It is cool and a thick mist rises off the chocolate-brown water as we motor up an Aztec canal, a narrow lane between chinampas, the floating islands that were built over 500 years ago in what was a shallow volcanic lake. Here, in the district of Mexico City called Xochimilco, the Aztecs staked walls of reeds and filled the enclosed areas with dirt, transforming the lake for agriculture.
On our 40-foot barge, I look across at Eduardo García, who had been introduced to me by Washington Post food editor Joe Yonan. Yonan, who recently wrote a book about beans, recounted a visit to García’s Mexico City restaurant Máximo Bistrot, where he had been delighted to find a bowl of beans, simply cooked, that trumped the fancier offerings on the menu. I immediately contacted García, and we met before sunrise at the canal for a trip to the chinampas that he uses for a farm-to-table redoubt.
For anyone who grew up in New England, beans are used mainly in three-bean salad, navy bean soup and baked beans soused with molasses. I knew, of course, about the black beans used in Mexican cooking—smeared over a tortilla on top of brown lard or on the roll underneath the cheese in a breakfast mollete—but a plain pot of beans was something else. And it all starts with the beans.
García uses beans that are just six months old, a local variety of pinto that is particularly meaty. And “meaty” is key here. These beans have great flavor, essential to such a simple dish. (He also makes a variation by cooking a pork shoulder and then using the resulting broth to cook the beans, shredding the pork and adding it back to the beans to finish.) Many cooks may argue about soaking beans, but García soaks his for 24 hours. Here at Milk Street, we agree—soaking makes beans creamy and plump.
The scraggly treetops glow in the sunrise. Pelicans glide just above the surface of the water. Ducks flap across the canal, landing a hundred yards behind us. We make a left turn to enter a smaller channel; we’re now directly facing the rising sun. To our right, rows of cactus appear. Finally, we run our barge up onto a small dirt embankment. Warmed by the morning sun, we unload and start the cooking fires.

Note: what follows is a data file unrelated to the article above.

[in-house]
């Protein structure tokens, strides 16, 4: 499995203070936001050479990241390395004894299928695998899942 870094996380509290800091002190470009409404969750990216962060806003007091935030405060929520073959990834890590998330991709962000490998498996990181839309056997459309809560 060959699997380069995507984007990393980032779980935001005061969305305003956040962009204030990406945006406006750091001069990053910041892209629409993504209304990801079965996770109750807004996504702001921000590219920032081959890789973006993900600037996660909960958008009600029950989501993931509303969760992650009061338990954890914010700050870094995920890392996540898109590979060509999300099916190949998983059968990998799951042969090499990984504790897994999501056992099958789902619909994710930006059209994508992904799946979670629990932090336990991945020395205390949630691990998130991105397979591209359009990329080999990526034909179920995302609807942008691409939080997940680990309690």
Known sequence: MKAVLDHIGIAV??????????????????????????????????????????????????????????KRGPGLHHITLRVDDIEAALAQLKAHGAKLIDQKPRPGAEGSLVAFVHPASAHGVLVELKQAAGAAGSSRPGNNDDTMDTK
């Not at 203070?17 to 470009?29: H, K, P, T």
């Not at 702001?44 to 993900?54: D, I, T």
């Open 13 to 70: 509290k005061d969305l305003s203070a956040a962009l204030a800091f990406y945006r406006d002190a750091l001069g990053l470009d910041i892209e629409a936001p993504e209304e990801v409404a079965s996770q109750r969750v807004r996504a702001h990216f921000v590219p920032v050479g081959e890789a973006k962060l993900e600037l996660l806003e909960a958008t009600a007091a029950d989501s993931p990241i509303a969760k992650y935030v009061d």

García’s beans have been soaked, and now he cooks them with garlic and onions in an earthenware cazuela over a wood fire for two and a half hours. As wood smoke rises, he gives me a tour of the winter crops, including cauliflower, lettuces and herbs. A steampunk-style dredger the size of an excavator goes up the canal, with a giant rusted wheel that tears out lily pads and other growth that threatens to choke the flow of water. The day warms, jackets come off, and now it is time to finish this simple dish.
García starts making a sofrito: garlic and onion cooked in lard with the addition of tomatoes and a few dried guajillo chilies. The revelation—one of those smack-your-head moments—is that he adds the sofrito to the beans after they are cooked, not at the begin- ning, to preserve its fresh flavors. To finish the beans, he adds epazote near the end of cooking, then stirs in the sofrito.
The final touch is a quick salsa made from plum tomatoes and serranos in a 2-to-1 ratio, charred first. Short on implements, García mashes them with salt using the bottom of a beer glass. The result? A brothy, meaty, center-of-the-plate offering that we scoop with rolled-up fresh blue corn tortillas. Beer flows along with conversation. It’s lunchtime in Xochimilco.
Back at milk street, we pretty much followed García’s recipe. For beans, we finally settled on cranberry beans, which are similar to a good pinto bean. Our cranberry beans cooked more quickly, in under an hour. We also substituted cilantro for epazote and jalapeños for his guajillos. (If you have the latter, use two whole chilies just to flavor the sofrito.)
We made a much larger quantity of sofrito than he did—a skilletful—because we liked the fresh flavor. The pork variation makes this a great stew: You can cook a pork shoulder cut into cubes in a pressure cooker (the kitchen appliance of choice throughout Mexico) or sim- ply simmer the pork for an hour or so in water until tender. Use the resulting broth from the pork to cook the beans.
Finally, we love lard in this dish and recommend that you use it, but a neutral oil is a reasonable—though less flavorful—substitute. This recipe freezes well, so consider making a double batch.